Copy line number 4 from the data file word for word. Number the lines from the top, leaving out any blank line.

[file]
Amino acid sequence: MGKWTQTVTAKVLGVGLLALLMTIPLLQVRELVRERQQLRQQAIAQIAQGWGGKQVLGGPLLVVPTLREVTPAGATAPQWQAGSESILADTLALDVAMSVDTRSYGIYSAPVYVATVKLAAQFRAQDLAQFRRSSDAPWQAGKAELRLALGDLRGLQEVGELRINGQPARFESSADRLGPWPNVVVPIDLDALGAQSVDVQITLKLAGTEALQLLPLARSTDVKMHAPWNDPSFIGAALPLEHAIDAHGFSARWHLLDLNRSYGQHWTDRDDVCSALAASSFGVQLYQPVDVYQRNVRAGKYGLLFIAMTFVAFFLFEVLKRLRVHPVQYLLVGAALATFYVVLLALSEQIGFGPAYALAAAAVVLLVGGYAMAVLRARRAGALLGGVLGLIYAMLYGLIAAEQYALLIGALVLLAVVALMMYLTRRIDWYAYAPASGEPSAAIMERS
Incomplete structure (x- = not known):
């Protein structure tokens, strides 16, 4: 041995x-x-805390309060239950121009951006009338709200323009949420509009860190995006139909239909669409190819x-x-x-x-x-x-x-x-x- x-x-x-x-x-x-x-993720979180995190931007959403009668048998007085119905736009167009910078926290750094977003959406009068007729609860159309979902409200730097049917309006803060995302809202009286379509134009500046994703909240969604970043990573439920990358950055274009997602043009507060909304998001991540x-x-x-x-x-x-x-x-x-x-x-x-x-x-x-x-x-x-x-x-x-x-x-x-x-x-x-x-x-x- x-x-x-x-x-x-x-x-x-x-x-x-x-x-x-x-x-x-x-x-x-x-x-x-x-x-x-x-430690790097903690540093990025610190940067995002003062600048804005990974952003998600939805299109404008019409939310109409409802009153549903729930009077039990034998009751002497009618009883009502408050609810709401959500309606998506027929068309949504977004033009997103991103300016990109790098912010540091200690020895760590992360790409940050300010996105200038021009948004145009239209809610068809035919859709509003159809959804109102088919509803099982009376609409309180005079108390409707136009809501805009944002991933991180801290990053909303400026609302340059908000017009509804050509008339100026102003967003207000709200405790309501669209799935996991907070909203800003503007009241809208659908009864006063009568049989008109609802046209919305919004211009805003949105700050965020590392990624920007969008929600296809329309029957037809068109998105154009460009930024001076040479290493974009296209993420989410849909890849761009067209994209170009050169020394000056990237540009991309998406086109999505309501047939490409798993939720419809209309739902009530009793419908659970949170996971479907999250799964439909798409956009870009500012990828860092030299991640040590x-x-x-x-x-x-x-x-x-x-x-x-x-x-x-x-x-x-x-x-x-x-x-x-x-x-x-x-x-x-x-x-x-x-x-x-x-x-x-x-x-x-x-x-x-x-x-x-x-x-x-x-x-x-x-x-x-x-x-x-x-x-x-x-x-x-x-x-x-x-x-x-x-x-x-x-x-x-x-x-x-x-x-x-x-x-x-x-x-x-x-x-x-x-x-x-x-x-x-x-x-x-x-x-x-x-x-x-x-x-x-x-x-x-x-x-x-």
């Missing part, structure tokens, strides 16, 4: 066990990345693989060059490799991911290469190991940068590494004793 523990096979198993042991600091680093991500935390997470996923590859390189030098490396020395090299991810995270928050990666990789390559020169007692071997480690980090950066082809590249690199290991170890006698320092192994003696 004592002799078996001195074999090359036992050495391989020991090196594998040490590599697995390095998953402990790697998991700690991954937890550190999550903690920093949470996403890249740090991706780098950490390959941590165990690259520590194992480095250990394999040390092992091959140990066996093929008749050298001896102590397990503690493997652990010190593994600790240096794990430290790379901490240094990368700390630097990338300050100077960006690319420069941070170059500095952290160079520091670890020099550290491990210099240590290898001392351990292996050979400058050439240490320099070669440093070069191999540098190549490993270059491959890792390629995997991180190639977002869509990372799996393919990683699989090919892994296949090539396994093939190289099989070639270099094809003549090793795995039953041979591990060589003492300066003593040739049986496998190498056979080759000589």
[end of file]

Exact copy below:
């Missing part, structure tokens, strides 16, 4: 066990990345693989060059490799991911290469190991940068590494004793 523990096979198993042991600091680093991500935390997470996923590859390189030098490396020395090299991810995270928050990666990789390559020169007692071997480690980090950066082809590249690199290991170890006698320092192994003696 004592002799078996001195074999090359036992050495391989020991090196594998040490590599697995390095998953402990790697998991700690991954937890550190999550903690920093949470996403890249740090991706780098950490390959941590165990690259520590194992480095250990394999040390092992091959140990066996093929008749050298001896102590397990503690493997652990010190593994600790240096794990430290790379901490240094990368700390630097990338300050100077960006690319420069941070170059500095952290160079520091670890020099550290491990210099240590290898001392351990292996050979400058050439240490320099070669440093070069191999540098190549490993270059491959890792390629995997991180190639977002869509990372799996393919990683699989090919892994296949090539396994093939190289099989070639270099094809003549090793795995039953041979591990060589003492300066003593040739049986496998190498056979080759000589």